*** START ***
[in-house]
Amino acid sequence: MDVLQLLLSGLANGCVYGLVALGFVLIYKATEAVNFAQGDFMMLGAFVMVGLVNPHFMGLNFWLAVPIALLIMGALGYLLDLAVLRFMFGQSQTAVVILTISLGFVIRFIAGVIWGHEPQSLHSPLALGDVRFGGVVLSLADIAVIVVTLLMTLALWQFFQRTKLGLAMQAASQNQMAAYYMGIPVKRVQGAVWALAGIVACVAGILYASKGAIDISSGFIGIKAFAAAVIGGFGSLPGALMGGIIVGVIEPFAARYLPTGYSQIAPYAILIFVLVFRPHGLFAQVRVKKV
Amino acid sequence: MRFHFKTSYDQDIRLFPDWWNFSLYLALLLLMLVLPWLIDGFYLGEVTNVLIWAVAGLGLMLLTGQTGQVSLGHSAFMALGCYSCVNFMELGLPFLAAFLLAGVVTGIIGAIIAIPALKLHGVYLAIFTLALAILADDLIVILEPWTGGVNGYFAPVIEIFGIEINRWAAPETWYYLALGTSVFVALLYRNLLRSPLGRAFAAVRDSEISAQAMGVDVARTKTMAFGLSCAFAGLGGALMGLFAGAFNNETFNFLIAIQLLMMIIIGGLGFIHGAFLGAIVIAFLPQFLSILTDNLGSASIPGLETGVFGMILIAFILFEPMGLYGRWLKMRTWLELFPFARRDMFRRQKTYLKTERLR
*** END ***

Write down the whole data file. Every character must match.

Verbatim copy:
[in-house]
Amino acid sequence: MDVLQLLLSGLANGCVYGLVALGFVLIYKATEAVNFAQGDFMMLGAFVMVGLVNPHFMGLNFWLAVPIALLIMGALGYLLDLAVLRFMFGQSQTAVVILTISLGFVIRFIAGVIWGHEPQSLHSPLALGDVRFGGVVLSLADIAVIVVTLLMTLALWQFFQRTKLGLAMQAASQNQMAAYYMGIPVKRVQGAVWALAGIVACVAGILYASKGAIDISSGFIGIKAFAAAVIGGFGSLPGALMGGIIVGVIEPFAARYLPTGYSQIAPYAILIFVLVFRPHGLFAQVRVKKV
Amino acid sequence: MRFHFKTSYDQDIRLFPDWWNFSLYLALLLLMLVLPWLIDGFYLGEVTNVLIWAVAGLGLMLLTGQTGQVSLGHSAFMALGCYSCVNFMELGLPFLAAFLLAGVVTGIIGAIIAIPALKLHGVYLAIFTLALAILADDLIVILEPWTGGVNGYFAPVIEIFGIEINRWAAPETWYYLALGTSVFVALLYRNLLRSPLGRAFAAVRDSEISAQAMGVDVARTKTMAFGLSCAFAGLGGALMGLFAGAFNNETFNFLIAIQLLMMIIIGGLGFIHGAFLGAIVIAFLPQFLSILTDNLGSASIPGLETGVFGMILIAFILFEPMGLYGRWLKMRTWLELFPFARRDMFRRQKTYLKTERLR